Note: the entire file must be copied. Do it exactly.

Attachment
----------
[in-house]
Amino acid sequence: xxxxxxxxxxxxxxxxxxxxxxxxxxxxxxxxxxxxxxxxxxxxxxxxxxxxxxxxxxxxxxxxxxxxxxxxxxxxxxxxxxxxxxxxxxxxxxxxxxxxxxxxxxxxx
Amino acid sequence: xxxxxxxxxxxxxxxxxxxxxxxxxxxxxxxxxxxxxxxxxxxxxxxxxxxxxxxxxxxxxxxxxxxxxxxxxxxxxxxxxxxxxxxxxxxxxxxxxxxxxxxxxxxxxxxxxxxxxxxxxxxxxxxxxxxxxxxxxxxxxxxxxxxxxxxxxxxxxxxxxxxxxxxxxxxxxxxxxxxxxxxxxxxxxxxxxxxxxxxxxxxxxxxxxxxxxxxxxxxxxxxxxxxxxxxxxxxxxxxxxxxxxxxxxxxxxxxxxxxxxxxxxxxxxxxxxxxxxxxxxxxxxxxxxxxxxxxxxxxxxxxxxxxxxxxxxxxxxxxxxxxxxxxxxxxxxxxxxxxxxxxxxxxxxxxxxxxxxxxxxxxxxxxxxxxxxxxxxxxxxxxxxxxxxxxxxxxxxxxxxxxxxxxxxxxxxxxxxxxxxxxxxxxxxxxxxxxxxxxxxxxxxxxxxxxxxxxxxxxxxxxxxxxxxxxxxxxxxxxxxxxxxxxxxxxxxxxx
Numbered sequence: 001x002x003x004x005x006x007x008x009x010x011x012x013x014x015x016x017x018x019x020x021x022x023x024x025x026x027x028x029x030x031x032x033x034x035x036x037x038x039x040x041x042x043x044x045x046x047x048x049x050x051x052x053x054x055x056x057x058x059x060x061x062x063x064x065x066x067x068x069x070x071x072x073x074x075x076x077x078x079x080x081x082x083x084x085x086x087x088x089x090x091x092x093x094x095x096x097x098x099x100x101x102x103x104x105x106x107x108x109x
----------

[in-house]
Amino acid sequence: xxxxxxxxxxxxxxxxxxxxxxxxxxxxxxxxxxxxxxxxxxxxxxxxxxxxxxxxxxxxxxxxxxxxxxxxxxxxxxxxxxxxxxxxxxxxxxxxxxxxxxxxxxxxx
Amino acid sequence: xxxxxxxxxxxxxxxxxxxxxxxxxxxxxxxxxxxxxxxxxxxxxxxxxxxxxxxxxxxxxxxxxxxxxxxxxxxxxxxxxxxxxxxxxxxxxxxxxxxxxxxxxxxxxxxxxxxxxxxxxxxxxxxxxxxxxxxxxxxxxxxxxxxxxxxxxxxxxxxxxxxxxxxxxxxxxxxxxxxxxxxxxxxxxxxxxxxxxxxxxxxxxxxxxxxxxxxxxxxxxxxxxxxxxxxxxxxxxxxxxxxxxxxxxxxxxxxxxxxxxxxxxxxxxxxxxxxxxxxxxxxxxxxxxxxxxxxxxxxxxxxxxxxxxxxxxxxxxxxxxxxxxxxxxxxxxxxxxxxxxxxxxxxxxxxxxxxxxxxxxxxxxxxxxxxxxxxxxxxxxxxxxxxxxxxxxxxxxxxxxxxxxxxxxxxxxxxxxxxxxxxxxxxxxxxxxxxxxxxxxxxxxxxxxxxxxxxxxxxxxxxxxxxxxxxxxxxxxxxxxxxxxxxxxxxxxxxx
Numbered sequence: 001x002x003x004x005x006x007x008x009x010x011x012x013x014x015x016x017x018x019x020x021x022x023x024x025x026x027x028x029x030x031x032x033x034x035x036x037x038x039x040x041x042x043x044x045x046x047x048x049x050x051x052x053x054x055x056x057x058x059x060x061x062x063x064x065x066x067x068x069x070x071x072x073x074x075x076x077x078x079x080x081x082x083x084x085x086x087x088x089x090x091x092x093x094x095x096x097x098x099x100x101x102x103x104x105x106x107x108x109x